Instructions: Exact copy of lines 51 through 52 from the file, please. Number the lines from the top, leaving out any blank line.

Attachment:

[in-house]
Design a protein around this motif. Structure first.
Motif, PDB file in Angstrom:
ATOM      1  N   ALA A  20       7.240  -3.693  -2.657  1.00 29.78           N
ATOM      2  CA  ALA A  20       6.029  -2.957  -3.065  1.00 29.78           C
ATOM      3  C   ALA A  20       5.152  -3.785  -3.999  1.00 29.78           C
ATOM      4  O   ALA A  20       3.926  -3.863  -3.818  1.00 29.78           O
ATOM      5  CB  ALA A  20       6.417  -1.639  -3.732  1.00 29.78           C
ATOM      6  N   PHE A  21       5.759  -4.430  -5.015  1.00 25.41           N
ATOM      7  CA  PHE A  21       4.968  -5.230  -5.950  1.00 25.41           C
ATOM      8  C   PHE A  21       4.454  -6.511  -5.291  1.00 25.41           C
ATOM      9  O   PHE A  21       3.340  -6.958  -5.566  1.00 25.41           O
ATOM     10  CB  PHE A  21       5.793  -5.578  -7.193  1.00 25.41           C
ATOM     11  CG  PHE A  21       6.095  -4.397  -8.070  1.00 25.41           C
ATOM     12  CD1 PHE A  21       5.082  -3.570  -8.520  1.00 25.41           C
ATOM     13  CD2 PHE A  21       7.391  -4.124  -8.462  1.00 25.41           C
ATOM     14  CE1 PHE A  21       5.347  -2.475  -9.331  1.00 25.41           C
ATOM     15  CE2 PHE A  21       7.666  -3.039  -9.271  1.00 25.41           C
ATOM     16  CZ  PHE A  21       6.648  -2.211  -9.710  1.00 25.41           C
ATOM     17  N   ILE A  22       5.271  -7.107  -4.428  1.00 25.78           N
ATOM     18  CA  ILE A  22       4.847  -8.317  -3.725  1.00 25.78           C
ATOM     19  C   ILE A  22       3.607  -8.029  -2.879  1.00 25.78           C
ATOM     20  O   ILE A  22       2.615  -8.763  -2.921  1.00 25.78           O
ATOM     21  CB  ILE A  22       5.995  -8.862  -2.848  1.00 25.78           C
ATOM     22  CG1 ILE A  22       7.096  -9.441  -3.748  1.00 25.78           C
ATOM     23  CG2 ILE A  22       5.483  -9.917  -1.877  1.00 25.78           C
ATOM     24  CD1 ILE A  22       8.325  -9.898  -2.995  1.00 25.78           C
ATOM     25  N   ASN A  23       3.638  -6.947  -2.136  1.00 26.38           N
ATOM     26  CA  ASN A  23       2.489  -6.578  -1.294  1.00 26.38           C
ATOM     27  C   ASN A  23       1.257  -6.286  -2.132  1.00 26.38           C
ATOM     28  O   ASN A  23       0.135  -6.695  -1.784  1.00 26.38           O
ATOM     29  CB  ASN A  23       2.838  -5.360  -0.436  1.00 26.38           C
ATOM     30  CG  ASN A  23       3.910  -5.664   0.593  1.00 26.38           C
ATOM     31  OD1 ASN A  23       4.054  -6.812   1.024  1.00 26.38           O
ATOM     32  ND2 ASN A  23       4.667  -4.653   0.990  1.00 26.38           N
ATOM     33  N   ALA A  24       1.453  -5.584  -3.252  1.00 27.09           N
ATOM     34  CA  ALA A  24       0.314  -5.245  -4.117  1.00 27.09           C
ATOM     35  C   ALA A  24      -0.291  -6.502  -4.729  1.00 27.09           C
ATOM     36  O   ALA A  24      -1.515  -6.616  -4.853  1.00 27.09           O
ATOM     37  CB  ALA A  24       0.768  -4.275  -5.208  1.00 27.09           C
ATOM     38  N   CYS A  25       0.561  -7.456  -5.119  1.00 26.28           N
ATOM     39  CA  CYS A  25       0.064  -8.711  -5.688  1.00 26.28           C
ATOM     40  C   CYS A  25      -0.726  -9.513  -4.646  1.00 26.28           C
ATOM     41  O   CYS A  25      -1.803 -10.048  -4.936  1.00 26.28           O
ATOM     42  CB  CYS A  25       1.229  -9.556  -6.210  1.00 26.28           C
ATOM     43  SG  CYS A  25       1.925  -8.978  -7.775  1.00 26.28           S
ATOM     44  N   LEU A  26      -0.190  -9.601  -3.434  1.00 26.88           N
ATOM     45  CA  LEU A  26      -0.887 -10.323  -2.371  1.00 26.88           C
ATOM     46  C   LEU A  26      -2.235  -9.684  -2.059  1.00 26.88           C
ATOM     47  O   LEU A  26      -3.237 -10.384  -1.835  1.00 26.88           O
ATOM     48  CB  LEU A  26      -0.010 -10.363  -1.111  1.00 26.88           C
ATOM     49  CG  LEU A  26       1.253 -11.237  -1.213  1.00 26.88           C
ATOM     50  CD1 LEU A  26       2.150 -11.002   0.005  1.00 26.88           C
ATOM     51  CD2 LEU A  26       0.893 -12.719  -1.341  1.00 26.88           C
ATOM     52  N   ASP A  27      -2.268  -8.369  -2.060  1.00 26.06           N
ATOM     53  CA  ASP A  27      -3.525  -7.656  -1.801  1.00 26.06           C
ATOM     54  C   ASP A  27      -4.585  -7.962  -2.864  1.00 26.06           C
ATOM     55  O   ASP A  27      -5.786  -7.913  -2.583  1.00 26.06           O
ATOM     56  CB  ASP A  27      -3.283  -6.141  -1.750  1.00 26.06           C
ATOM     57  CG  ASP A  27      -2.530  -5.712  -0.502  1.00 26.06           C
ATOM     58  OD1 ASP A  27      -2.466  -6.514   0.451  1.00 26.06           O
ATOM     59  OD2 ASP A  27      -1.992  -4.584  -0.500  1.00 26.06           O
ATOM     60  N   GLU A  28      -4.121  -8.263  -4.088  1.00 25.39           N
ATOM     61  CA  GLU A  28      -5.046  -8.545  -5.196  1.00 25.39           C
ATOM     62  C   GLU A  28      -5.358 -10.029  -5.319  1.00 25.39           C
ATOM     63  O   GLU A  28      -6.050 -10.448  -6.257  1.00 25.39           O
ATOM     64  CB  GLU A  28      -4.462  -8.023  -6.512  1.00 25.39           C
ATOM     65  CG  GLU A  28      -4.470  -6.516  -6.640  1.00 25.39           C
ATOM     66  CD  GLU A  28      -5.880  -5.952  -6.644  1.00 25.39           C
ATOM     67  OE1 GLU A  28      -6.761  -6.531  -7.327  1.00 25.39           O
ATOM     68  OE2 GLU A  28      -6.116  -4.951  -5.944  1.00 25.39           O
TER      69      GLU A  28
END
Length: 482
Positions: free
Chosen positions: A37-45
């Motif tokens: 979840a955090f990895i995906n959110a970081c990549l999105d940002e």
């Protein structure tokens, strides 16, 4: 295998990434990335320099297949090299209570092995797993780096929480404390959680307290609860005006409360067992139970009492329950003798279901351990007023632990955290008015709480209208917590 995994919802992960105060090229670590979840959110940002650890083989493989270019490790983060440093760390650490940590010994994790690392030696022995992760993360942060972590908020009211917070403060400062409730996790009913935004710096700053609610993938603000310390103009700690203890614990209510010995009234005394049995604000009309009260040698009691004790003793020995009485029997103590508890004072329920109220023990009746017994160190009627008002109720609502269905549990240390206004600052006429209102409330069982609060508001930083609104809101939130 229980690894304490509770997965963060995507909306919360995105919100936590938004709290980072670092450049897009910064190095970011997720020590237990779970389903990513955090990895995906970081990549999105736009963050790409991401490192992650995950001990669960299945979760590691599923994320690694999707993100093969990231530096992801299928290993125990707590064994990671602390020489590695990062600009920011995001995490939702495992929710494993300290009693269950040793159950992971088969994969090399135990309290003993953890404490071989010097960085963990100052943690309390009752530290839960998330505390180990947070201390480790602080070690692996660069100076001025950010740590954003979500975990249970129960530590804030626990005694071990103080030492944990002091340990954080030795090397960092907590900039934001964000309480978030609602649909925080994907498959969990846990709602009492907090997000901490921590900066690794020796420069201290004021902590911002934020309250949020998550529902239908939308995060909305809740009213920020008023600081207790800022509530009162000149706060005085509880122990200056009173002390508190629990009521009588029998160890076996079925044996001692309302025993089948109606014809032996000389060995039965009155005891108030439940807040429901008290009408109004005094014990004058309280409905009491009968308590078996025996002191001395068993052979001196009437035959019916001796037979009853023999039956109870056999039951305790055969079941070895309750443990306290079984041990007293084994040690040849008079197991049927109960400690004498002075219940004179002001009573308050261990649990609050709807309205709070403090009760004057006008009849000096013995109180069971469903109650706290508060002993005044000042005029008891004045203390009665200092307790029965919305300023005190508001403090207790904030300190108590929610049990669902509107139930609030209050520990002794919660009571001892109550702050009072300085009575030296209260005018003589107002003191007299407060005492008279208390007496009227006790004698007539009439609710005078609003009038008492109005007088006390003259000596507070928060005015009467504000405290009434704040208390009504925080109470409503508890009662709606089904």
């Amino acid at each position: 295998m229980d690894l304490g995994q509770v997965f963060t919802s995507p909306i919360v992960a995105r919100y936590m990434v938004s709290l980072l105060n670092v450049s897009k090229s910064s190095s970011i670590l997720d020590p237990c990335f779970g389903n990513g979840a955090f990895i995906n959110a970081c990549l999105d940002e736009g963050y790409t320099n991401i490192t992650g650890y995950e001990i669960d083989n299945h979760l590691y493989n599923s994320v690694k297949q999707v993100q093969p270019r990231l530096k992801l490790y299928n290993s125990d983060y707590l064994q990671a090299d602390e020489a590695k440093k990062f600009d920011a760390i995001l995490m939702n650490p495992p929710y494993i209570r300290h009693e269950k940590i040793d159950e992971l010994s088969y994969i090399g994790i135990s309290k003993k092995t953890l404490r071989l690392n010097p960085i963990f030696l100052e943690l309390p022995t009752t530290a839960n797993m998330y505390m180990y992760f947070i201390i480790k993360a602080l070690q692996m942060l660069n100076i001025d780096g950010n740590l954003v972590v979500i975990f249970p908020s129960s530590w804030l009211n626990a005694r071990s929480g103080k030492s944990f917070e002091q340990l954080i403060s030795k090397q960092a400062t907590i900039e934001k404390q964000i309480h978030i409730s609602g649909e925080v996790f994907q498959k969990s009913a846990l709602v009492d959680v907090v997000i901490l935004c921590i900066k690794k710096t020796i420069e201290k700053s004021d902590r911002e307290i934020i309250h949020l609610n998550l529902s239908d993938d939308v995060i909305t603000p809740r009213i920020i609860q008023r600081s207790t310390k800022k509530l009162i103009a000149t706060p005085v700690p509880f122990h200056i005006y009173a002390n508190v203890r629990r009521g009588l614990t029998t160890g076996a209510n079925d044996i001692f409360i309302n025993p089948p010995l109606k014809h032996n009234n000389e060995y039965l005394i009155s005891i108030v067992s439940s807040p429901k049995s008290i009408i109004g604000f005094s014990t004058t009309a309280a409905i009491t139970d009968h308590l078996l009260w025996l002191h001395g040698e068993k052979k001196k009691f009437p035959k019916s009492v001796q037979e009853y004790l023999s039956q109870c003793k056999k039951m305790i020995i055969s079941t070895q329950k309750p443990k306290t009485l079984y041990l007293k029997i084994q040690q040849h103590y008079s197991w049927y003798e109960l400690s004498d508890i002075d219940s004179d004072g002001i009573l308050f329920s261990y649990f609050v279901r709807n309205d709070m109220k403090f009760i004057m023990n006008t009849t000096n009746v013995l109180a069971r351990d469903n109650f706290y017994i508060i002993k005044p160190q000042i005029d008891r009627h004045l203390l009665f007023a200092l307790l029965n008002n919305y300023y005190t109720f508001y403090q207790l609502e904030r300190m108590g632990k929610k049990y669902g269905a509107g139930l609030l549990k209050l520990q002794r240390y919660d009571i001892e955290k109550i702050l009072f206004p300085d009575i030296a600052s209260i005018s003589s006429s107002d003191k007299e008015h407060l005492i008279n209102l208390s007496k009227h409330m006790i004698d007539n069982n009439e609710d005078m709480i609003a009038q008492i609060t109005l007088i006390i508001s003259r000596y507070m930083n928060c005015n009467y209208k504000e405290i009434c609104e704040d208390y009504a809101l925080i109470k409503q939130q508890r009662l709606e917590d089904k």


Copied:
ATOM     48  CB  LEU A  26      -0.010 -10.363  -1.111  1.00 26.88           C
ATOM     49  CG  LEU A  26       1.253 -11.237  -1.213  1.00 26.88           C